Our SAD (yes, our diet is sad, but the acronym stands for “Standard American Diet”) drives insulin resistance which in turn causes type 2 diabetes. Huh? Our modern diet, full of processed foods, sugar and refined carbs, spikes our blood sugar. This causes the pancreas to produce extra insulin to lower blood sugar and ferry the excessive amounts of sugar in our bloodstream into our cells for energy. These excess carbs get stored in our cells as fat. After all, insulin is a fat storage hormone.

Eating an everyday diet of these foods causes the pancreas to overwork until it can no longer produce enough insulin for the SAD’s needs. Poor maligned fat all these decades; eating fat doesn’t make you fat, a high carbohydrate diet makes you fat. I get it, I have for many years.

Then I read this article on obesity recently in the HuffPost and found it thought-provoking. Everything You Know About Obesity Is Wrong. I sent it to some friends, including a friend of mine who’s a health professional.

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Image by Finlay MacKay

An email exchange occurred between us, and while we’ve been friends for almost four decades, and she’s since told me she basically agrees with everything I wrote, during our exchange she reflected the knowledge and attitude many health professionals hold – while the problem is not only calories in and calories out, most fat people do eat too much and move too little. And, that it’s up to them, “individual responsibility” for them to lose the weight. “Adding to the problem,” said my friend, “I wasn’t taught anything about obesity when I went to school.”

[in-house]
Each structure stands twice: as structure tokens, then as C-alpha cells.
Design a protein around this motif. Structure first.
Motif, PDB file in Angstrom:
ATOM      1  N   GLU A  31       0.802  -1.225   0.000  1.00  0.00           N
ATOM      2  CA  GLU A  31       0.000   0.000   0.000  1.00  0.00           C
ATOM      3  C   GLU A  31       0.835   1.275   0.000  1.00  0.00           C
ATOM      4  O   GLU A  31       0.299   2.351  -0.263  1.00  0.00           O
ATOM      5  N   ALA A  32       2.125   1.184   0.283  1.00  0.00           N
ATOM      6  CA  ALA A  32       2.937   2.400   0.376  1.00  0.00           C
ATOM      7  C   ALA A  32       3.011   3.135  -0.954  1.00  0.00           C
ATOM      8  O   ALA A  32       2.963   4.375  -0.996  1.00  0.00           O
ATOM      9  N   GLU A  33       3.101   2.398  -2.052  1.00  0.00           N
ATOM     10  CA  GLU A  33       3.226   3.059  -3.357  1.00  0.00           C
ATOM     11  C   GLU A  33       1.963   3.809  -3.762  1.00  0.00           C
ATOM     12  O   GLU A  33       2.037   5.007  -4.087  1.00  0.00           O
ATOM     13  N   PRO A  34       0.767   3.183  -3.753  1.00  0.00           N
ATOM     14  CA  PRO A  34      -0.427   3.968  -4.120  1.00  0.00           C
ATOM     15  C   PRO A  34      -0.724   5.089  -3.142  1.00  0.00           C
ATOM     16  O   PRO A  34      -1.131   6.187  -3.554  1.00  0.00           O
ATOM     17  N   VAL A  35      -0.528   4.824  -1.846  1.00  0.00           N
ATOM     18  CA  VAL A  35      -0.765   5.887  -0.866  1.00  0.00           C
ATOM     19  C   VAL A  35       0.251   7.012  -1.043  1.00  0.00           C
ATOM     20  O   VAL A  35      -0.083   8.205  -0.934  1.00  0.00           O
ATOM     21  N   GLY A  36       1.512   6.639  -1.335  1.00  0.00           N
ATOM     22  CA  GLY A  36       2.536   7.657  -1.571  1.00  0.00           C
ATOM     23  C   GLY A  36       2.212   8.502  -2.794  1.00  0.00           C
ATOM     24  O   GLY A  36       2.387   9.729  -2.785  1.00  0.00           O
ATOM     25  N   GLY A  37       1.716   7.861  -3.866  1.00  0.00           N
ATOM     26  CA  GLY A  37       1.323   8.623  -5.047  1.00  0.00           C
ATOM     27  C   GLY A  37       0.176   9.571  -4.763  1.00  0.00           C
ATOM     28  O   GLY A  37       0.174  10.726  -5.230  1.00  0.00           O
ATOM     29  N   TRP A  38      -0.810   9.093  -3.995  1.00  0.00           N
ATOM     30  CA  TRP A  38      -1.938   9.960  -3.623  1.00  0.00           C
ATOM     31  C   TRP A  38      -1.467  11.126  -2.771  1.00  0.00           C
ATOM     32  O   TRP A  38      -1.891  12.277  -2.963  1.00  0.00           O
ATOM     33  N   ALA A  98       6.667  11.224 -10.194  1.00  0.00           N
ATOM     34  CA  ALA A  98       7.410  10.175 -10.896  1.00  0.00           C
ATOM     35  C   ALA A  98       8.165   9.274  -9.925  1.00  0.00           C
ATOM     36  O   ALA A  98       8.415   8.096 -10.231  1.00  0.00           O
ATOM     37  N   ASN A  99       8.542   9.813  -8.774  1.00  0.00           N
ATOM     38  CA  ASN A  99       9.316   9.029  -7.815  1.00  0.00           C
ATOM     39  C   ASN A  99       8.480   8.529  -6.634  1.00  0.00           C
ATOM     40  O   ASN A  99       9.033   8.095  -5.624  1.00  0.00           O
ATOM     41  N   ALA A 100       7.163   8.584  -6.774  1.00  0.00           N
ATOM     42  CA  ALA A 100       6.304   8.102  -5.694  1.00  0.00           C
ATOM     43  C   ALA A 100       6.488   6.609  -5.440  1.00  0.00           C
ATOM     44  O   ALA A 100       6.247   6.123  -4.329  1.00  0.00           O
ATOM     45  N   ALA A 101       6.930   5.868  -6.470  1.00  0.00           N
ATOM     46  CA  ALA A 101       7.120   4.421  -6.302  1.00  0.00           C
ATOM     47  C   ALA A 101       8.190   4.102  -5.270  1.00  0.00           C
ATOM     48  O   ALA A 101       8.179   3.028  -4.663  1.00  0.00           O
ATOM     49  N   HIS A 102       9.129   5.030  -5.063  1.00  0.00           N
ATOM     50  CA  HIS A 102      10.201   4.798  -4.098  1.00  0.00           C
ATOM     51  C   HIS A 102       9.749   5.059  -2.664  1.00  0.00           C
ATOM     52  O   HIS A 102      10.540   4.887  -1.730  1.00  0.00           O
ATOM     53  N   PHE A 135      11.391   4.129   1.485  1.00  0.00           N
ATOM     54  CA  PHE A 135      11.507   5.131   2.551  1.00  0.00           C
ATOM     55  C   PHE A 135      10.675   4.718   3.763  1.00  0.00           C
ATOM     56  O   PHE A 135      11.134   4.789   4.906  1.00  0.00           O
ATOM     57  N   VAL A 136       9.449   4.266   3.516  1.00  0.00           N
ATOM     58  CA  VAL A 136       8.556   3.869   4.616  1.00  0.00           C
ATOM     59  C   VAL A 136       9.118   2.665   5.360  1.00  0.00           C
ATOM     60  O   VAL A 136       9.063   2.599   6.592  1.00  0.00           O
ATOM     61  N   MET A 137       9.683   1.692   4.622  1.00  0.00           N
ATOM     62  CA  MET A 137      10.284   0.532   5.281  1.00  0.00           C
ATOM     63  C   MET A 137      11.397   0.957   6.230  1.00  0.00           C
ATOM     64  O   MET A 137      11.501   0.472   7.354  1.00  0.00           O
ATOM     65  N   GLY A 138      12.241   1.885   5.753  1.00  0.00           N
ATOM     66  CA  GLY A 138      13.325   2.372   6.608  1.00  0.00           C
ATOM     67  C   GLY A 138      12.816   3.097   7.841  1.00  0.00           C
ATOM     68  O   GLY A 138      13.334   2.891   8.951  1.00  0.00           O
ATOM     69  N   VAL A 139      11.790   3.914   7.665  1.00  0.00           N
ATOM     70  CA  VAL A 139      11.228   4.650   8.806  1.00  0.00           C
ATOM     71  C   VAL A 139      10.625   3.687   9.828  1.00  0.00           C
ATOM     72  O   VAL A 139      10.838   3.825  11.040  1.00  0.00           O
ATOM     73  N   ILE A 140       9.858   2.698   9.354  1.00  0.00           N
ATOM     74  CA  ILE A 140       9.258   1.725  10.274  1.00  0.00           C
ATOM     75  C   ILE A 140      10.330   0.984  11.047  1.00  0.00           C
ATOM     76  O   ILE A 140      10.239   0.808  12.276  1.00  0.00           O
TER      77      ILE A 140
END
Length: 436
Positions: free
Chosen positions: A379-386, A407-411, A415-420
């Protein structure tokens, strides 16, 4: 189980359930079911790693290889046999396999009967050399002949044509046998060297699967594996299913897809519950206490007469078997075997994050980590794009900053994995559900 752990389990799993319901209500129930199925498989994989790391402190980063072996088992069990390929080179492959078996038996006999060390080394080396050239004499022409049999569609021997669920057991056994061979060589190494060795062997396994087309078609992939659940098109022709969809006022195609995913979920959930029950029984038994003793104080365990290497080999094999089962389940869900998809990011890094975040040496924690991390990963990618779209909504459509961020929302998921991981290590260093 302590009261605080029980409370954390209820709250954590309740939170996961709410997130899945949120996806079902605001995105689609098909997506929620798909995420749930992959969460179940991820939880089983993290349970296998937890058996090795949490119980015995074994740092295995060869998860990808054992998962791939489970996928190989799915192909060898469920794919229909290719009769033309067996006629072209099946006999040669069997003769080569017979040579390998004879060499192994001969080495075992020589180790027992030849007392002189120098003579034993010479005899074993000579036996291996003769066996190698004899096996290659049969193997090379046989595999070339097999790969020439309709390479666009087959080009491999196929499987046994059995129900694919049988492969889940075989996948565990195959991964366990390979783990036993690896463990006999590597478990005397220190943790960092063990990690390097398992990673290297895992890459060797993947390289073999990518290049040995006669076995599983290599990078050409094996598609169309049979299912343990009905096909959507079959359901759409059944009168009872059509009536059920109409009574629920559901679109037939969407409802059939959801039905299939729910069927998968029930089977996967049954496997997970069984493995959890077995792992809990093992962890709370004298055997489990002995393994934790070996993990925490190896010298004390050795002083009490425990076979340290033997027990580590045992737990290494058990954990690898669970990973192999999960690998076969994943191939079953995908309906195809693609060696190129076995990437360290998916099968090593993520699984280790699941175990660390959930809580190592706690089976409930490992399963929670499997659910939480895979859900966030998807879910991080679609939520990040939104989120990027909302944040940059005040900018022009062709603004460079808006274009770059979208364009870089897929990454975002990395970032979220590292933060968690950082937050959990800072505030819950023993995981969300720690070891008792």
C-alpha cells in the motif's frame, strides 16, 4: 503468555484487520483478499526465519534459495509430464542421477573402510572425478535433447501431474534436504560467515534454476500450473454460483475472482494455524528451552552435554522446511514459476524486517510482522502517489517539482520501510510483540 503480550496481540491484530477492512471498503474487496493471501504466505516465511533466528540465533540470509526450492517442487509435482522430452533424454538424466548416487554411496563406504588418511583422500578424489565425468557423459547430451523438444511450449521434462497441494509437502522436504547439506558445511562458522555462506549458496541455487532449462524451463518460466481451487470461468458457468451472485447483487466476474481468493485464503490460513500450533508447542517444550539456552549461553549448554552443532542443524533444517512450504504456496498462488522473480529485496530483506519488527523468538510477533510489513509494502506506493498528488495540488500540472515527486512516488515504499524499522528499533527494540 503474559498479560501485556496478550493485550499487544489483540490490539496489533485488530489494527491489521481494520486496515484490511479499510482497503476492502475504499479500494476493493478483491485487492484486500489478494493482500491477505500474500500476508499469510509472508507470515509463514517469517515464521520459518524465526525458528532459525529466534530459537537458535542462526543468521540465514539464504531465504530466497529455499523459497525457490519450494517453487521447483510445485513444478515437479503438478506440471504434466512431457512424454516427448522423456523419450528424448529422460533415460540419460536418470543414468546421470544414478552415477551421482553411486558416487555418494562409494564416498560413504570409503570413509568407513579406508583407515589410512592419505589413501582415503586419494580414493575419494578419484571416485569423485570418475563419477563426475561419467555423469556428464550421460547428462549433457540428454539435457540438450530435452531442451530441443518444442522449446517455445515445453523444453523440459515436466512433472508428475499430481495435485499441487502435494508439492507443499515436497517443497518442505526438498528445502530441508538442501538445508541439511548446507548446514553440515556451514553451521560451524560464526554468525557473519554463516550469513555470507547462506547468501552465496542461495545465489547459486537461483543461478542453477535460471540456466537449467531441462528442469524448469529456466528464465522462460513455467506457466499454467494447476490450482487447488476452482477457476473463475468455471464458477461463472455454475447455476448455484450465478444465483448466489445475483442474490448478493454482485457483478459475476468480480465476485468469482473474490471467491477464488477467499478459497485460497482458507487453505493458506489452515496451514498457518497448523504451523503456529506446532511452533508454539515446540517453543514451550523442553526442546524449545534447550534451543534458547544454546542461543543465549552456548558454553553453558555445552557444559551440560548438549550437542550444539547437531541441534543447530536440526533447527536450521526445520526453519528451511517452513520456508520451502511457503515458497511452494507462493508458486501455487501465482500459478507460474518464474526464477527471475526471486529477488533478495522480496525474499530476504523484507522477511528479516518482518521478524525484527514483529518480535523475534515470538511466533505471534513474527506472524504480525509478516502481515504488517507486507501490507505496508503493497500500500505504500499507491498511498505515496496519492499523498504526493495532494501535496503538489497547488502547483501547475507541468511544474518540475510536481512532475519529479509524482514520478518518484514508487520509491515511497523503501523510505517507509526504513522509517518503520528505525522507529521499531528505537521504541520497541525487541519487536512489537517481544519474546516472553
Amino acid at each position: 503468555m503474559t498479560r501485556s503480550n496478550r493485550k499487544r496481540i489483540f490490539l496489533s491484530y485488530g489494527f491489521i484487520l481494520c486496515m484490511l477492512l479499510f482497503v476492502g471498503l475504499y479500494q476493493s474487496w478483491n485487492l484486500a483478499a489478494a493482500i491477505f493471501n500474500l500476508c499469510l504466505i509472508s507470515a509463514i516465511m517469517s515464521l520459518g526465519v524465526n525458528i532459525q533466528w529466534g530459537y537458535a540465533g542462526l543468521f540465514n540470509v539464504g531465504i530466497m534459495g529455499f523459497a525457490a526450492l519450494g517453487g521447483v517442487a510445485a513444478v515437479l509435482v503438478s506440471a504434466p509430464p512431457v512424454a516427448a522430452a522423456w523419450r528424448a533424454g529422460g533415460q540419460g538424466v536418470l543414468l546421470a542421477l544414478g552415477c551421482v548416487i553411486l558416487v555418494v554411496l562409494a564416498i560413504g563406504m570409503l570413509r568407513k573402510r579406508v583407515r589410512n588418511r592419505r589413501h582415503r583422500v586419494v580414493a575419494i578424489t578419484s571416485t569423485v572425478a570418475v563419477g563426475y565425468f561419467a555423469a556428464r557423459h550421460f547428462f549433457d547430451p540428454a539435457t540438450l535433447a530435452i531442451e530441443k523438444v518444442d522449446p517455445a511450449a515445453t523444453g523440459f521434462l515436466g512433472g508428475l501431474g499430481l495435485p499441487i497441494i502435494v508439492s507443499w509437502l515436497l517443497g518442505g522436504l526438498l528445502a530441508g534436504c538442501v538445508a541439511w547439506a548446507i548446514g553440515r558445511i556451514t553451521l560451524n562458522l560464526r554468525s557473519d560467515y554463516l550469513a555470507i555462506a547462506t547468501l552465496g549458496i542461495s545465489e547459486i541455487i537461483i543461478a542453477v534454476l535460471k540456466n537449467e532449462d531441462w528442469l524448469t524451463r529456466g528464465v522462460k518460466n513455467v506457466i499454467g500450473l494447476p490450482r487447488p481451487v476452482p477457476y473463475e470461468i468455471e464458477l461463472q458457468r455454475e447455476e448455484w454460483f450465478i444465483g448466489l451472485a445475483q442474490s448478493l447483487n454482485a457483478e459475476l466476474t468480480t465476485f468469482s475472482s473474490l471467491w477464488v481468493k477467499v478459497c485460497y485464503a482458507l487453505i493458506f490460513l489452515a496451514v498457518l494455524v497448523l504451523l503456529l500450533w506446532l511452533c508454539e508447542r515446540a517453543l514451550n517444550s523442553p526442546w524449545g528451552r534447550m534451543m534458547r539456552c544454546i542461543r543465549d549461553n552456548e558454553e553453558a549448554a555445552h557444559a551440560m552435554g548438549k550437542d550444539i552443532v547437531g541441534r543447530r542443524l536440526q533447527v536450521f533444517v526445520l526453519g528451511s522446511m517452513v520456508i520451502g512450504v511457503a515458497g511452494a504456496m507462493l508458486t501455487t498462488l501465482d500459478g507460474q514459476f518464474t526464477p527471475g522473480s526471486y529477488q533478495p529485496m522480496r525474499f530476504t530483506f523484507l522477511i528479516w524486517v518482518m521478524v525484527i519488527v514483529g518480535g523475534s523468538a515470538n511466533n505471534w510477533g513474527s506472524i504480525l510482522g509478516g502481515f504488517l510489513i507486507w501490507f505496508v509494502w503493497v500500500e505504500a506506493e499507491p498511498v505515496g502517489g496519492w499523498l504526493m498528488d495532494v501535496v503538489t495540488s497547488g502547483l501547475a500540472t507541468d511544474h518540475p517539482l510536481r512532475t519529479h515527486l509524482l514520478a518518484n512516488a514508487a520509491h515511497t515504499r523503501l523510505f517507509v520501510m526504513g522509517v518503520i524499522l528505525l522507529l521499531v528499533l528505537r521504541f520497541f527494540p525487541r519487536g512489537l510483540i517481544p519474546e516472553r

She also said which I hadn’t thought about, “as a medical person I don’t want to be blamed for people being fat. The system isn’t set up for me to treat people’s runny nose, cough, frequent urination, sprained ankle AND their obesity in one visit.”

Who thinks about the pressure on the shoulders of our health professionals in the midst of this obesity epidemic? Not just to treat the fallout of obesity – type 2 diabetes, hypertension, cancer, dementia, heart disease and fatty liver disease – but  that they’re also supposed to get people to lose weight. Which frankly is basically impossible within today’s society.

And our American view – just pull yourself up by your bootstraps – doesn’t work here. Obesity is not a matter of willpower, it’s largely biochemical and far more complex. Most individuals alone can’t solve the problem.